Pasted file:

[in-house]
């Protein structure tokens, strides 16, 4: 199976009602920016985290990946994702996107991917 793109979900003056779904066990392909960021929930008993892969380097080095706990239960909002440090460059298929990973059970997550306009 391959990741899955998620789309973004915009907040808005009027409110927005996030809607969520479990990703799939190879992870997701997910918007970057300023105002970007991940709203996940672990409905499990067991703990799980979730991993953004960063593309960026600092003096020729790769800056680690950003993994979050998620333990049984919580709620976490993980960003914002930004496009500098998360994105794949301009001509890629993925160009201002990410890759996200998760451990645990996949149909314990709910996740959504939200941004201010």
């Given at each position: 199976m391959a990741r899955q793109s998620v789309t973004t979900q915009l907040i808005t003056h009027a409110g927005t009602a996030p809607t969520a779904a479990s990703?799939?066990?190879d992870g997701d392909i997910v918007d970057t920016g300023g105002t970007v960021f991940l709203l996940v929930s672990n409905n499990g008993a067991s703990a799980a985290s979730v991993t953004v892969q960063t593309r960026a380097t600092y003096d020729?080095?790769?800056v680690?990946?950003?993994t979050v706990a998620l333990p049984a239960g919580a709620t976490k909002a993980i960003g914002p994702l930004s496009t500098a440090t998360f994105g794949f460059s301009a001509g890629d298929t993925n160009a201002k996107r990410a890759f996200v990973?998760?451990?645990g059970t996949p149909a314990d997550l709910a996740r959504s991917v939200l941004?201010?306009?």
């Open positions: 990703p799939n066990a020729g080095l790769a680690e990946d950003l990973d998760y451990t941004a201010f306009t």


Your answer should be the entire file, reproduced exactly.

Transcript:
[in-house]
């Protein structure tokens, strides 16, 4: 199976009602920016985290990946994702996107991917 793109979900003056779904066990392909960021929930008993892969380097080095706990239960909002440090460059298929990973059970997550306009 391959990741899955998620789309973004915009907040808005009027409110927005996030809607969520479990990703799939190879992870997701997910918007970057300023105002970007991940709203996940672990409905499990067991703990799980979730991993953004960063593309960026600092003096020729790769800056680690950003993994979050998620333990049984919580709620976490993980960003914002930004496009500098998360994105794949301009001509890629993925160009201002990410890759996200998760451990645990996949149909314990709910996740959504939200941004201010």
């Given at each position: 199976m391959a990741r899955q793109s998620v789309t973004t979900q915009l907040i808005t003056h009027a409110g927005t009602a996030p809607t969520a779904a479990s990703?799939?066990?190879d992870g997701d392909i997910v918007d970057t920016g300023g105002t970007v960021f991940l709203l996940v929930s672990n409905n499990g008993a067991s703990a799980a985290s979730v991993t953004v892969q960063t593309r960026a380097t600092y003096d020729?080095?790769?800056v680690?990946?950003?993994t979050v706990a998620l333990p049984a239960g919580a709620t976490k909002a993980i960003g914002p994702l930004s496009t500098a440090t998360f994105g794949f460059s301009a001509g890629d298929t993925n160009a201002k996107r990410a890759f996200v990973?998760?451990?645990g059970t996949p149909a314990d997550l709910a996740r959504s991917v939200l941004?201010?306009?």
């Open positions: 990703p799939n066990a020729g080095l790769a680690e990946d950003l990973d998760y451990t941004a201010f306009t």